holding that receiving several parking tickets totaling just $35.00 would chill a person of ordinary firmnessSummary of this case from Peterson v. Kopp
Argued April 8, 1982.
Decided May 12, 1982.
Andrew J. Leahy, Springfield, Ill., for plaintiff-appellant.
Fredric Benson, Peter K. Woody, Springfield, Ill., for defendants-appellees.
Appeal from the United States District Court for the Central District of Illinois.
We are required to consider in this case questions relating to the First Amendment rights of public employees who run for public office.
Mary Ann Bart is an employee of the City of Springfield, Illinois. She works in the city's Department of Development and Programs, though we have not been told the nature of her work. The department is apparently under the direct supervision of the Mayor of Springfield. Miss Bart brought this suit under 42 U.S.C. § 1983 against the mayor and three of his subordinates, seeking actual and punitive damages for their alleged violations of her rights under the First Amendment, made applicable to the states by the due process clause of the Fourteenth Amendment. Her brief in this court also charges the defendants with having violated the equal protection clause of the Fourteenth Amendment; but there is no such allegation in the complaint, and since the case is before us on her appeal from the dismissal of the complaint for failure to state a claim upon which relief can be granted, see Fed.R.Civ.P. 12(b)(6), the equal protection claim is not properly before us.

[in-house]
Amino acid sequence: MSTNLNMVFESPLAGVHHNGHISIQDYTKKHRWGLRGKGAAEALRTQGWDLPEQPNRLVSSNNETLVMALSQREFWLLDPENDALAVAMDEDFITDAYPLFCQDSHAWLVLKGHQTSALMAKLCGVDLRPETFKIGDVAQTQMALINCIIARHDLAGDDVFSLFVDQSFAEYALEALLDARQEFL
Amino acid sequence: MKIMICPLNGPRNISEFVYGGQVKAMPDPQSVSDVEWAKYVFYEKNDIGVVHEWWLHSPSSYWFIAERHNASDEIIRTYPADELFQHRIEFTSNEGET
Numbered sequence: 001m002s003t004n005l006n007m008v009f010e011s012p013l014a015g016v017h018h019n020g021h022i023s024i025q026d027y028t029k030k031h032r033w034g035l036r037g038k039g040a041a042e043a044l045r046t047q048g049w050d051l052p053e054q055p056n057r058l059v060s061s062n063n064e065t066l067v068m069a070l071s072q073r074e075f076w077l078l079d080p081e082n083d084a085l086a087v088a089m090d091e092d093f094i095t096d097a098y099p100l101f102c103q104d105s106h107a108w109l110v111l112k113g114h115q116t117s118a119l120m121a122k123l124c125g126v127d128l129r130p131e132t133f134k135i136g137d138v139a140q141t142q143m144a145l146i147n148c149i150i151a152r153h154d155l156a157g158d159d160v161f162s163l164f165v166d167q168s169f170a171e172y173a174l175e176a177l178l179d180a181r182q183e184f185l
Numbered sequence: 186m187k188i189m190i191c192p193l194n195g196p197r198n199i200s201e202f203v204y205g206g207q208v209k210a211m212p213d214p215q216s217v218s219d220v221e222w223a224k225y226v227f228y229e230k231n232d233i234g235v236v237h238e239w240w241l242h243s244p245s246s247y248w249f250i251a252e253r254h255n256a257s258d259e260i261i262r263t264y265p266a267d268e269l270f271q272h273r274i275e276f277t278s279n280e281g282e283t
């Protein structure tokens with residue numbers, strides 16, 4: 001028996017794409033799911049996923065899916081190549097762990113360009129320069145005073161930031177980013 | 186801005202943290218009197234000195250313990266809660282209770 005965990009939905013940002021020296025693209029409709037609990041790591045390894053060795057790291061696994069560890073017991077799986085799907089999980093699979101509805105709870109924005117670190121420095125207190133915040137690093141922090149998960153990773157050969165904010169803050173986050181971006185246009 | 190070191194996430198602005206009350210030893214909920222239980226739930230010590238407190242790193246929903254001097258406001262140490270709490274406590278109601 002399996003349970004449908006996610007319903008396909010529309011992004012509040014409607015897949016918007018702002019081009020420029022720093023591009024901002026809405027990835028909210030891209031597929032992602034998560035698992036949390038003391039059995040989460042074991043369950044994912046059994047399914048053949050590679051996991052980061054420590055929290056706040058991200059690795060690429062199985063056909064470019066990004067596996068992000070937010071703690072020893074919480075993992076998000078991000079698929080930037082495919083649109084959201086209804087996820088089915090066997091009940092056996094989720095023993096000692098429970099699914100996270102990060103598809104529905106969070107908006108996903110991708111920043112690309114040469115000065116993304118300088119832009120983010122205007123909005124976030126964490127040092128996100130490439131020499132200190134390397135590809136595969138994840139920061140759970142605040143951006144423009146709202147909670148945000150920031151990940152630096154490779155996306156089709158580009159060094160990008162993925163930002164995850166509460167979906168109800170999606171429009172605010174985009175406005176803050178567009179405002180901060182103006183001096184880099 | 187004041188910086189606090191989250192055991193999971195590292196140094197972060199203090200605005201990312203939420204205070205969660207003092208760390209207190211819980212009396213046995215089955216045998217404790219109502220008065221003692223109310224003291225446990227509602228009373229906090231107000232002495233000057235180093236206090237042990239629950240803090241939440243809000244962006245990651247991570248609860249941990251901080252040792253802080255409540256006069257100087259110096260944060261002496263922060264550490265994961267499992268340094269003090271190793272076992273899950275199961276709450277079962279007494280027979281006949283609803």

The complaint contains two distinct allegations. The first is directed only at the mayor. Miss Bart alleges that when she told him she was going to run for mayor, he replied that she would have to take a leave of absence from her job with the city to do so. She complied, and now complains that in forcing her to take the leave of absence the mayor violated her First Amendment rights. The second allegations is that after she returned from the leave of absence, having lost the race, the mayor — who though not a candidate for re-election was still in office (apparently Miss Bart's candidacy aborted early in the campaign season) — orchestrated a campaign of petty harassments designed to punish her for having run for public office, and the other defendants participated in this campaign. The campaign included such things as baseless reprimands and "Holding her up to ridicule for bringing a birthday cake to the office on the occasion of the birthday of another employee although the practice was common and was especially favored in the case of supervisory personnel."